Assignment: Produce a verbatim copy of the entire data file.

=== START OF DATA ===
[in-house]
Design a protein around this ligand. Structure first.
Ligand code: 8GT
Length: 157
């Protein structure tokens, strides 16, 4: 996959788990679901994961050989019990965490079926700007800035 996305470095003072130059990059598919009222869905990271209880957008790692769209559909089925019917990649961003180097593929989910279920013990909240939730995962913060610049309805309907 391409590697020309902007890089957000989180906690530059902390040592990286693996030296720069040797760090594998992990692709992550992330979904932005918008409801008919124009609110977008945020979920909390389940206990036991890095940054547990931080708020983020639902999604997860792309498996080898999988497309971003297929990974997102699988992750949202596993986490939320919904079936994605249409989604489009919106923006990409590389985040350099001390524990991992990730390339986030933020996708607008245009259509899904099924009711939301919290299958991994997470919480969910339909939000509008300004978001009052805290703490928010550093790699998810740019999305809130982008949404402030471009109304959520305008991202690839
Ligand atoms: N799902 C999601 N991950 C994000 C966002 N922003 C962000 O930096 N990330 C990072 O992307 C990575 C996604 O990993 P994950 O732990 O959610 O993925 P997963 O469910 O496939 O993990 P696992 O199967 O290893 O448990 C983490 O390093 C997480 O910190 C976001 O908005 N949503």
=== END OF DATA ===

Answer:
[in-house]
Design a protein around this ligand. Structure first.
Ligand code: 8GT
Length: 157
């Protein structure tokens, strides 16, 4: 996959788990679901994961050989019990965490079926700007800035 996305470095003072130059990059598919009222869905990271209880957008790692769209559909089925019917990649961003180097593929989910279920013990909240939730995962913060610049309805309907 391409590697020309902007890089957000989180906690530059902390040592990286693996030296720069040797760090594998992990692709992550992330979904932005918008409801008919124009609110977008945020979920909390389940206990036991890095940054547990931080708020983020639902999604997860792309498996080898999988497309971003297929990974997102699988992750949202596993986490939320919904079936994605249409989604489009919106923006990409590389985040350099001390524990991992990730390339986030933020996708607008245009259509899904099924009711939301919290299958991994997470919480969910339909939000509008300004978001009052805290703490928010550093790699998810740019999305809130982008949404402030471009109304959520305008991202690839
Ligand atoms: N799902 C999601 N991950 C994000 C966002 N922003 C962000 O930096 N990330 C990072 O992307 C990575 C996604 O990993 P994950 O732990 O959610 O993925 P997963 O469910 O496939 O993990 P696992 O199967 O290893 O448990 C983490 O390093 C997480 O910190 C976001 O908005 N949503």